ANN ARBOR — The Michigan Wolverines can rest easy this week.
Michigan players celebrate after beating Purdue 75-66 to win the NCAA Big Ten Conference tournament championship college basketball game, Sunday, March 4, 2018, in New York.
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Their spot in the NCAA tournament is secured, thanks to a Big Ten Tournament championship. And after playing four games in as many days, they literally need rest.
The only remaining question is, where will UM play next week in the NCAA tournament?
“If they’re a 4 [seed], they’re probably going out west,” CBS Sports bracketologist Jerry Palm said. “If they’re a 3, it depends where the teams ahead of them are.”
There are three first and second-round sites within driving distance of Ann Arbor. Detroit’s Little Caesars Arena is just 43 miles from Crisler Center, Pittsburgh is 284 miles, and Nashville is an eight-hour drive. But the Midwest and East are loaded with highly-ranked teams, meaning someone will be left out.
Each tournament site will have two higher-seeded teams. second-ranked Villanova (27-4) is a lock for Pittsburgh, experts believe No. 4 Michigan State (29-4) is a near certainty for Detroit, and No. 3 Xavier (27-4), No. 8 Cincinnati (27-4), and No. 10 Purdue (28-6) should also occupy spots in the aforementioned cities. The Bearcats’ performance in the American Athletic Conference Tournament will have the biggest impact on Michigan this weekend.
“Cincinnati losing early could impact Michigan positively,” Palm said. “It’s more likely they go to a 3 than go to a 5. But all these teams around them are still going to play. So who really knows how it’s going to shake out?”
Palm currently projects Michigan as a No. 4 seed in San Diego. ESPN’s Joe Lunardi has UM as a 3 seed in Wichita.
The distance between the city of Cincinnati, where Xavier and UC are located, and Nashville is equidistant from Detroit. Detroit is only 60 miles closer to West Lafayette, Ind., home of Purdue, than Nashville. One caveat is the No. 1 overall seed is allowed to pick which site it’s placed. If Xavier is the top seed, it could pick Detroit and effectively shut out Michigan.
The Wolverines (28-7) are currently ranked No. 7 in the AP Top 25. The polls are not part of the selection committee’s criteria, though Palm said there’s reasonable correlation. When the committee released its top 16 in February, it sent a clear message to Michigan State that the Spartans’ nonconference schedule was thoroughly unimpressive — they were ranked 11th.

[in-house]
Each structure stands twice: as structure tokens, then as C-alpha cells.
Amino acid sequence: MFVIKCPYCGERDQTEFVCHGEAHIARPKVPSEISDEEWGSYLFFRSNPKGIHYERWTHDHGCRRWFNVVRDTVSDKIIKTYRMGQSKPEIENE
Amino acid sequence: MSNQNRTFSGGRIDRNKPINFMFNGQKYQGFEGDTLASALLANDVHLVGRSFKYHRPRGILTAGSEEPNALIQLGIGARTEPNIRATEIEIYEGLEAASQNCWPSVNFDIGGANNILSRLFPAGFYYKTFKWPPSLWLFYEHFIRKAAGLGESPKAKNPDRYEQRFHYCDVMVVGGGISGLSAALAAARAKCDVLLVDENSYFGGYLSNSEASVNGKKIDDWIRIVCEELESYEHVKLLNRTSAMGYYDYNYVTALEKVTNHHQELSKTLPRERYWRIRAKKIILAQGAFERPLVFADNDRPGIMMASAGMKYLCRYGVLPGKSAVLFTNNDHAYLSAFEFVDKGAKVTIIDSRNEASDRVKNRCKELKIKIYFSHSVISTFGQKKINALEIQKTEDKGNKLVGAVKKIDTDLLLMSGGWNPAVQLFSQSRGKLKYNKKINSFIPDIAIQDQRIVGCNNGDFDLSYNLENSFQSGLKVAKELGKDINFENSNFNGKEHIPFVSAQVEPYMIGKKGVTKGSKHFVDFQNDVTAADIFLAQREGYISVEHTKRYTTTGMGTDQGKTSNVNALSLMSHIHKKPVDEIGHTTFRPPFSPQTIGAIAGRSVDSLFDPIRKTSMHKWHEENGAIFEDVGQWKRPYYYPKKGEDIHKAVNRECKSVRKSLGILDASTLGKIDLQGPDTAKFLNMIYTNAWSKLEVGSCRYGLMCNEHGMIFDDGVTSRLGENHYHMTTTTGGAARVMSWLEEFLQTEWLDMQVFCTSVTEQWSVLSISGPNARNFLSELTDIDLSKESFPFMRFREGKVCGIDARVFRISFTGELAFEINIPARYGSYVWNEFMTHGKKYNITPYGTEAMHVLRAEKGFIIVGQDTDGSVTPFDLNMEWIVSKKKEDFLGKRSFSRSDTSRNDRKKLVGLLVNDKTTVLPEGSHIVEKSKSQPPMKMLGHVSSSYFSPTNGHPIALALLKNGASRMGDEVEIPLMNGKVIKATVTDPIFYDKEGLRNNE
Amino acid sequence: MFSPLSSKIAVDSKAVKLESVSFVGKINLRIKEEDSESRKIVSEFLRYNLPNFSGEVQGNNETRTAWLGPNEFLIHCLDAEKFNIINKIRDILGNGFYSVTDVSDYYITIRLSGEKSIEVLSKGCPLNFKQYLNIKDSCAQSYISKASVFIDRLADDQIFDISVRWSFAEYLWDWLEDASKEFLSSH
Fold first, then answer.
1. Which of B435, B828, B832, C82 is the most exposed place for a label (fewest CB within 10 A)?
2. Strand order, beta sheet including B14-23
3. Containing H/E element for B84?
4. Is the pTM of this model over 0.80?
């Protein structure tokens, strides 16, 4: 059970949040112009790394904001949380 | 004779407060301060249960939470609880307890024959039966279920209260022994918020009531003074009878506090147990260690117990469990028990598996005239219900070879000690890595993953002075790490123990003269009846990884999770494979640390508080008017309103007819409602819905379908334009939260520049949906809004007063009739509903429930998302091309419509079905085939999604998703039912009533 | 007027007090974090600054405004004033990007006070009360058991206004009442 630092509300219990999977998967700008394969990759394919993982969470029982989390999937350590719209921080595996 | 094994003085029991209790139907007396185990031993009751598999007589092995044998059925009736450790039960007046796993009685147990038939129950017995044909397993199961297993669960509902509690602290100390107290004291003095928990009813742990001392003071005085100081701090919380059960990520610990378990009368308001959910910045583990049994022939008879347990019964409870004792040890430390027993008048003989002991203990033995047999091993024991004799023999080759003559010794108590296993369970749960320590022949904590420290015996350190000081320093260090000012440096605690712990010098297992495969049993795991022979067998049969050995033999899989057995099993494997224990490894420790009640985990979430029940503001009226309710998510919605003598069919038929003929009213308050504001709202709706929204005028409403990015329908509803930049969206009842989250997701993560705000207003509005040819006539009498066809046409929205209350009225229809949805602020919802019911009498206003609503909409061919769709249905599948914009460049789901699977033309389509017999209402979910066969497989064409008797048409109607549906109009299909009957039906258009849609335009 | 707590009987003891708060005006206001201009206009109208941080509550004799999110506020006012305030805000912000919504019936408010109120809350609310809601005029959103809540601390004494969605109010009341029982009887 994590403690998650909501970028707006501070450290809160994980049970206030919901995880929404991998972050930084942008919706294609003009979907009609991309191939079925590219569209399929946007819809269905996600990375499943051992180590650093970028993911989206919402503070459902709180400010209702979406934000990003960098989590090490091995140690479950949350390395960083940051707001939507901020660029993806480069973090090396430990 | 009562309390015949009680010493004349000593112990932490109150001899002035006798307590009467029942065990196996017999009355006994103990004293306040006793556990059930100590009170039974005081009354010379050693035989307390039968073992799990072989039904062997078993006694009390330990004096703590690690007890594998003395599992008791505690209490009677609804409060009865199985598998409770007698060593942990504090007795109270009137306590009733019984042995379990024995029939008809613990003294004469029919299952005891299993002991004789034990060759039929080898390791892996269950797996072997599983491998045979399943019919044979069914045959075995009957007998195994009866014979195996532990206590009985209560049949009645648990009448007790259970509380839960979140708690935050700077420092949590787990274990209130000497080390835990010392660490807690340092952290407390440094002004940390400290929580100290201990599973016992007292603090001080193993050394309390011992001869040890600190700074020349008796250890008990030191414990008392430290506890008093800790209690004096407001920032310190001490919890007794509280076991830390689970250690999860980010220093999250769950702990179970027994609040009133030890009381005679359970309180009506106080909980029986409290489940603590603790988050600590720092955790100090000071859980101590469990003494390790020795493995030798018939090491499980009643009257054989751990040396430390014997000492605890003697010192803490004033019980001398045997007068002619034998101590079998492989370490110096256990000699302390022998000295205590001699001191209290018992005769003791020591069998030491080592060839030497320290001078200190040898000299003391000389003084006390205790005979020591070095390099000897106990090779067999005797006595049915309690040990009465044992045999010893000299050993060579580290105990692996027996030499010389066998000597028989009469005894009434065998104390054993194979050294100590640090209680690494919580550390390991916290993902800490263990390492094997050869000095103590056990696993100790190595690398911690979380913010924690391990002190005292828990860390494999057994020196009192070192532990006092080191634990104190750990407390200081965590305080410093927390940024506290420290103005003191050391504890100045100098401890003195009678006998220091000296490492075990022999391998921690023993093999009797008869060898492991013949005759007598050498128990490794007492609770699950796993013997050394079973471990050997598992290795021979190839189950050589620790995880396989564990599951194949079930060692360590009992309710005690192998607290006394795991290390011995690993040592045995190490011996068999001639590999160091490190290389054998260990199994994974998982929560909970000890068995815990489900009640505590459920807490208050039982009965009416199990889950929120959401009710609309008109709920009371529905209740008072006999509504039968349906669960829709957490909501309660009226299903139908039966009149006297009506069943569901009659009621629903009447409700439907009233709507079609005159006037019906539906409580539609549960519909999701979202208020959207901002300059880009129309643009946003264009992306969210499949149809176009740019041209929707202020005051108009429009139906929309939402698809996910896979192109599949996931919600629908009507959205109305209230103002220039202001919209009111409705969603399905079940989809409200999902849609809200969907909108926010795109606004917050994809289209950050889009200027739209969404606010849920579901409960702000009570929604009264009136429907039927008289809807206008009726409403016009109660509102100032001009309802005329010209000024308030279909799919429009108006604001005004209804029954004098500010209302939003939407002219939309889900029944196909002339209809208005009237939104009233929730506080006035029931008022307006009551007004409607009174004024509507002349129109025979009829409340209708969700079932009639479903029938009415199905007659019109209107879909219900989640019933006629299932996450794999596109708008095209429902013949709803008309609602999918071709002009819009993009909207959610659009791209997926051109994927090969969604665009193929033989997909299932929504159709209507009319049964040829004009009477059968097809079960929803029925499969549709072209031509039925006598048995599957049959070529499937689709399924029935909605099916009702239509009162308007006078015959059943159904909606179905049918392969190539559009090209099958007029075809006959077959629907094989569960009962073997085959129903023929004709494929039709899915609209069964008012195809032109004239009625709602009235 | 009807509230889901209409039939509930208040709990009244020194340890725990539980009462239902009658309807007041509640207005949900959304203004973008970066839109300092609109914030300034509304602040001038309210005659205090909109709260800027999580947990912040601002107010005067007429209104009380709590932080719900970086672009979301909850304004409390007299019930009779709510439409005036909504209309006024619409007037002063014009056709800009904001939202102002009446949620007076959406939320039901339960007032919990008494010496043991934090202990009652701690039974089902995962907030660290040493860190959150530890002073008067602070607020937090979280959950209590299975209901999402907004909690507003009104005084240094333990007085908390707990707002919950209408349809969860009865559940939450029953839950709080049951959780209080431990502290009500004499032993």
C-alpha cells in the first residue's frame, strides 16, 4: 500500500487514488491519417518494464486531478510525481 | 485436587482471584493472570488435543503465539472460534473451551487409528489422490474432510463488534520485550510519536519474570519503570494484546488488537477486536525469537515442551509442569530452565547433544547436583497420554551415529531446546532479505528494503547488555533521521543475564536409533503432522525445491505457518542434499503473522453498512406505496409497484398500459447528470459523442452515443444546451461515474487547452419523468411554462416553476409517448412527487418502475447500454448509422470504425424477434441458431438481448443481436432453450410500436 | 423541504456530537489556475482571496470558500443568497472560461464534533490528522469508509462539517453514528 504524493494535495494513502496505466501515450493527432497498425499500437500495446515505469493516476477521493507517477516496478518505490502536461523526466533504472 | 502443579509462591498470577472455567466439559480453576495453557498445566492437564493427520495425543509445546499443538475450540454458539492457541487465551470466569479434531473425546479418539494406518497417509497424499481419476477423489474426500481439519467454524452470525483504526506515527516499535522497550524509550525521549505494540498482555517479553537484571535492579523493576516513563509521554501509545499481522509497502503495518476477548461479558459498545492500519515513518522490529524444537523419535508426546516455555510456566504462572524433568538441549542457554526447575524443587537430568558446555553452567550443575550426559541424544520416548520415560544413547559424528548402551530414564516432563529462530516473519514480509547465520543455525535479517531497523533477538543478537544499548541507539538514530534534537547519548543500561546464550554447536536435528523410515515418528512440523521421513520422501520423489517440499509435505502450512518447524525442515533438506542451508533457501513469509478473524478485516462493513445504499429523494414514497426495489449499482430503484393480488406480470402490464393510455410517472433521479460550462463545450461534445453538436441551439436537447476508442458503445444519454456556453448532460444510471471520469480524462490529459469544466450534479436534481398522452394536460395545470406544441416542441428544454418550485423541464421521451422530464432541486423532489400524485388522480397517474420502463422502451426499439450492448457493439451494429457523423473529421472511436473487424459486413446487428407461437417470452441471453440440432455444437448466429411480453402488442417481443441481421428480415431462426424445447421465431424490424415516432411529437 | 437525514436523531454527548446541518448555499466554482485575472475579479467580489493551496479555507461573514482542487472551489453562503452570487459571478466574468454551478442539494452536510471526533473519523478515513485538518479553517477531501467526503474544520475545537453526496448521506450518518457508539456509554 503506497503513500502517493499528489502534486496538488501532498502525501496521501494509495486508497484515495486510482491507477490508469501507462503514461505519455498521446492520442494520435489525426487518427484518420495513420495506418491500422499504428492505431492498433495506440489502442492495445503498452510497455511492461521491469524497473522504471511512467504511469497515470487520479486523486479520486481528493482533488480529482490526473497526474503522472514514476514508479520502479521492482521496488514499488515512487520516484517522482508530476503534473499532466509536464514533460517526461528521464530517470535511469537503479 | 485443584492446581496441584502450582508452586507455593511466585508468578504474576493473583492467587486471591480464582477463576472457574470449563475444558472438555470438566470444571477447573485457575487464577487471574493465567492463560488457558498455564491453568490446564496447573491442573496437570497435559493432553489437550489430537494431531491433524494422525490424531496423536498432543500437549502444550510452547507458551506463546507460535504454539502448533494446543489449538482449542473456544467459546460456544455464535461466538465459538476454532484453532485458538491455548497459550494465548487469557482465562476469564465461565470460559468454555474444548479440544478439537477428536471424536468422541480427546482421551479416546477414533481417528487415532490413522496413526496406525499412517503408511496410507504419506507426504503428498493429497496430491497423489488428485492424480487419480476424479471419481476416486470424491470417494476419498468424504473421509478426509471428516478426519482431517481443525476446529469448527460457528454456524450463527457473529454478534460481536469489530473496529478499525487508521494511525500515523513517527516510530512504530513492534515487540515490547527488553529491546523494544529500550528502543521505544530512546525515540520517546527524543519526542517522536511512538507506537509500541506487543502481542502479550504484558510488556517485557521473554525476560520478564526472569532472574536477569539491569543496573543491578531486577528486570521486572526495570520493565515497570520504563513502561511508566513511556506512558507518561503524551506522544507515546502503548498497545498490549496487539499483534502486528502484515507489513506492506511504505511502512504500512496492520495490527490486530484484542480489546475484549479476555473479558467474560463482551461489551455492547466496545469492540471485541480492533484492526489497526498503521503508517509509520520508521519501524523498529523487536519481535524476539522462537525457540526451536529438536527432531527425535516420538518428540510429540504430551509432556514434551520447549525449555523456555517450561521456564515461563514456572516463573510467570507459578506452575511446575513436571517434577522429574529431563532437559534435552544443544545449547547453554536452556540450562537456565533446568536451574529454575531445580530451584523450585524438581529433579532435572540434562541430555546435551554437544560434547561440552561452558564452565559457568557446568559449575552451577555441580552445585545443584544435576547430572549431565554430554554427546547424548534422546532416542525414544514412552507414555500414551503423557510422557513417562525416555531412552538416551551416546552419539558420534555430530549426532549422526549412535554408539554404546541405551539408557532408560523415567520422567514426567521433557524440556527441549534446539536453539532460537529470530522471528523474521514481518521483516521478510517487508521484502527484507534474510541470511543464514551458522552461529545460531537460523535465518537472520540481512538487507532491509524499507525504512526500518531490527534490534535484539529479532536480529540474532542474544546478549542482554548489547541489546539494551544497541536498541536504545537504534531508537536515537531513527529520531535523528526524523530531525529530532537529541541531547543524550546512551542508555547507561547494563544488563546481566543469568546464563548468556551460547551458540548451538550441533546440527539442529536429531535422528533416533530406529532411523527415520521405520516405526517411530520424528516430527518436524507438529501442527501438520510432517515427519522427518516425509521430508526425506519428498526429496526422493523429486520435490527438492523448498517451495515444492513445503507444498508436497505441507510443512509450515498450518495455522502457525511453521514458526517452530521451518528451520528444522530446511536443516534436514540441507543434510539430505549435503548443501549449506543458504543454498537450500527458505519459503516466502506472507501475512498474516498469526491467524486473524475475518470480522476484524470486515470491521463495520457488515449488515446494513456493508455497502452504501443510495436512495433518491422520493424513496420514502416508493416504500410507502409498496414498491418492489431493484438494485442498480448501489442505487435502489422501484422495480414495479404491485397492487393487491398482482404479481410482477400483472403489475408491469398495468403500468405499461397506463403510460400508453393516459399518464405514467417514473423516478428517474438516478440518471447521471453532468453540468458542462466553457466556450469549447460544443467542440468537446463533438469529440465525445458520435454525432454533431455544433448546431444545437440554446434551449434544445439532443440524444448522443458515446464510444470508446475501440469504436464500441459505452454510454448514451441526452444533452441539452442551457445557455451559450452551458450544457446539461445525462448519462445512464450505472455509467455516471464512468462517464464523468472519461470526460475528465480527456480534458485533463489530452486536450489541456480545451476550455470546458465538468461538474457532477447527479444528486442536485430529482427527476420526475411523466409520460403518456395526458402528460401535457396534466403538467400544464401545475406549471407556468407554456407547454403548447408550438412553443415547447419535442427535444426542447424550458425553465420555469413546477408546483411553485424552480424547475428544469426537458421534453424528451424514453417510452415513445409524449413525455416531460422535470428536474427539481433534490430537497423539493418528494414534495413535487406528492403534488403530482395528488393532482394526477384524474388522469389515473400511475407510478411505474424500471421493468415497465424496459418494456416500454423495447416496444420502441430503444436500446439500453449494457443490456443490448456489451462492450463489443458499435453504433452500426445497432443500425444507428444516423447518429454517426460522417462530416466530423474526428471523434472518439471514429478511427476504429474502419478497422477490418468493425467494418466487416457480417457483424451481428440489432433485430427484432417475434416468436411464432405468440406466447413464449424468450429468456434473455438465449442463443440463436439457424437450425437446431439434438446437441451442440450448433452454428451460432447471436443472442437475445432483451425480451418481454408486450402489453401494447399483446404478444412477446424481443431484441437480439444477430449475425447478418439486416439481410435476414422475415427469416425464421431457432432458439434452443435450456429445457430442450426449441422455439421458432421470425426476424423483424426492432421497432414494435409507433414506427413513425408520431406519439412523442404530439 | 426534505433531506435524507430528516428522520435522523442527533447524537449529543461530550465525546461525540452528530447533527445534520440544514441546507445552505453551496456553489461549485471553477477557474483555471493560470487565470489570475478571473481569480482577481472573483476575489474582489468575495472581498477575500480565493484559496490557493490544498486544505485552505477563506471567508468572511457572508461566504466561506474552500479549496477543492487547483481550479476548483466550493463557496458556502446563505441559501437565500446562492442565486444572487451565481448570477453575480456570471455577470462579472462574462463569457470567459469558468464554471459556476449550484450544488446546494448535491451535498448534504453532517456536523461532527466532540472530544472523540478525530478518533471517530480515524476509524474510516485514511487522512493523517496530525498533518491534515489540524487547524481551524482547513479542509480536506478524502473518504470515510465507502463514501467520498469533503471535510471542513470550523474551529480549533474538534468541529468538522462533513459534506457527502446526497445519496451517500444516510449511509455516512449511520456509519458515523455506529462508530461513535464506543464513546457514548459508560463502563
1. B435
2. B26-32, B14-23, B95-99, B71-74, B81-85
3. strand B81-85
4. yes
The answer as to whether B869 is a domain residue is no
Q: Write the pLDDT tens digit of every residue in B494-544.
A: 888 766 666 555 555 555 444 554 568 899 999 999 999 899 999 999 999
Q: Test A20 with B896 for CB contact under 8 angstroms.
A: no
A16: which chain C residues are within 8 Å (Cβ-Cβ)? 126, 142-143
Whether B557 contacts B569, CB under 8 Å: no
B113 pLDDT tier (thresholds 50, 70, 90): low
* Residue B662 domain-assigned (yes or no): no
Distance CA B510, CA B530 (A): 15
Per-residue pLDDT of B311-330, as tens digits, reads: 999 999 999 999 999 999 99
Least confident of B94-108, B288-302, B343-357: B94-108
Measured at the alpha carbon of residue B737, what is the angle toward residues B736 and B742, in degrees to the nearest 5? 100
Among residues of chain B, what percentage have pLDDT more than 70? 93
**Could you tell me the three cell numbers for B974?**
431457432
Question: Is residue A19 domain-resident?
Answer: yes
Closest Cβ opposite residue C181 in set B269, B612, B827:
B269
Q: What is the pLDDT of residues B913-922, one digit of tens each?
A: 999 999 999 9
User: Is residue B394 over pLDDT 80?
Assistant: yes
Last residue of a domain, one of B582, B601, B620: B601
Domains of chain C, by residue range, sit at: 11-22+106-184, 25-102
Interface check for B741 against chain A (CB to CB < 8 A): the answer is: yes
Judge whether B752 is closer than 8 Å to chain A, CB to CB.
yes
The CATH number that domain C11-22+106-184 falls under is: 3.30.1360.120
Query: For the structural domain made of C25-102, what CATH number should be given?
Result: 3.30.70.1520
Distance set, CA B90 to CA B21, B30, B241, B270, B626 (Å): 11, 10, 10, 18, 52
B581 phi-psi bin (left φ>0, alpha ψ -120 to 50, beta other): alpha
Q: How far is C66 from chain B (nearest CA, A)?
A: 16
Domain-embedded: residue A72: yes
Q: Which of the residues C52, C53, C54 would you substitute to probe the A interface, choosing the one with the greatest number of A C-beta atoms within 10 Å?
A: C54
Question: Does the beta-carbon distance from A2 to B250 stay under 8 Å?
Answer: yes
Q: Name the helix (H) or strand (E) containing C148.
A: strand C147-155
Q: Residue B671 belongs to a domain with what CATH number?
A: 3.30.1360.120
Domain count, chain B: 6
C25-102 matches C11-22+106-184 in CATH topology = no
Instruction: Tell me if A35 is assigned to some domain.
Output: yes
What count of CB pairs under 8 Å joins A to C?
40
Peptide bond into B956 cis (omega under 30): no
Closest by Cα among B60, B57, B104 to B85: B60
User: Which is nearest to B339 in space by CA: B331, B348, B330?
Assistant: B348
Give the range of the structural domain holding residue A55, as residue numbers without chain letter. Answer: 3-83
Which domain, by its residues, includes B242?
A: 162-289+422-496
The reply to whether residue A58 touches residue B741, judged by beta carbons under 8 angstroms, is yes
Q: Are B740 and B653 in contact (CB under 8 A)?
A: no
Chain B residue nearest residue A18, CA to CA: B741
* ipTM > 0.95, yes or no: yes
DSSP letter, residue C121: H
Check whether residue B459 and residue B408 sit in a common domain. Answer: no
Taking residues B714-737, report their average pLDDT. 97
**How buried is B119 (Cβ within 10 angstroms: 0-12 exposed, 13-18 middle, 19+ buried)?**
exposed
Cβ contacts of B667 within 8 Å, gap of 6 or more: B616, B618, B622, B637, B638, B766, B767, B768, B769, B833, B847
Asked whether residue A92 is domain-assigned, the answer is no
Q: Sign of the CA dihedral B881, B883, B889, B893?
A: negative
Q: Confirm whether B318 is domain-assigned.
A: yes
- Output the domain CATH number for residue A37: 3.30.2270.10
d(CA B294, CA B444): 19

Michigan is ranked 13th in the RPI, two spots ahead of Michigan State. Villanova, Xavier, Cincinnati, and Purdue are all ranked in front of the Wolverines, who have six Quadrant 1 wins. (Quadrant 1 wins are home games vs. teams RPI ranked 1 through 30, neutral games vs. 1-50, and away games vs. 1-75.)
North Carolina leads the country with 11 Quadrant 1 wins. Villanova has eight, Xavier and Purdue have six, Cincinnati has five, and Michigan State has three.
“If Michigan gets seeded behind both Purdue and Michigan State, [they probably won’t be close to home],” Palm said. “It wouldn't be the biggest surprise in the world if they got seeded ahead of Michigan State. It would be surprising if they were ahead of Purdue. It would be an overration to seed them ahead of Michigan State. Even as a 3, they might end up in Dallas, Charlotte, or Wichita.”
Because the Big Ten moved its conference tournament up one week, Michigan will have a 10 or 11-day layoff, depending on when it plays its first-round game. It’s a situation coach John Beilein isn’t entirely unfamiliar with. During coaching stints at Canisius and Richmond, his teams had similar gaps before NCAA tournament appearances.
“I can remember the teams playing Wiffle ball one day,” Beilein said. “I took the team fishing one time. Just anything to change things up.”
Perhaps the Wolverines can run the bases at Comerica Park if downtown Detroit is in their future.
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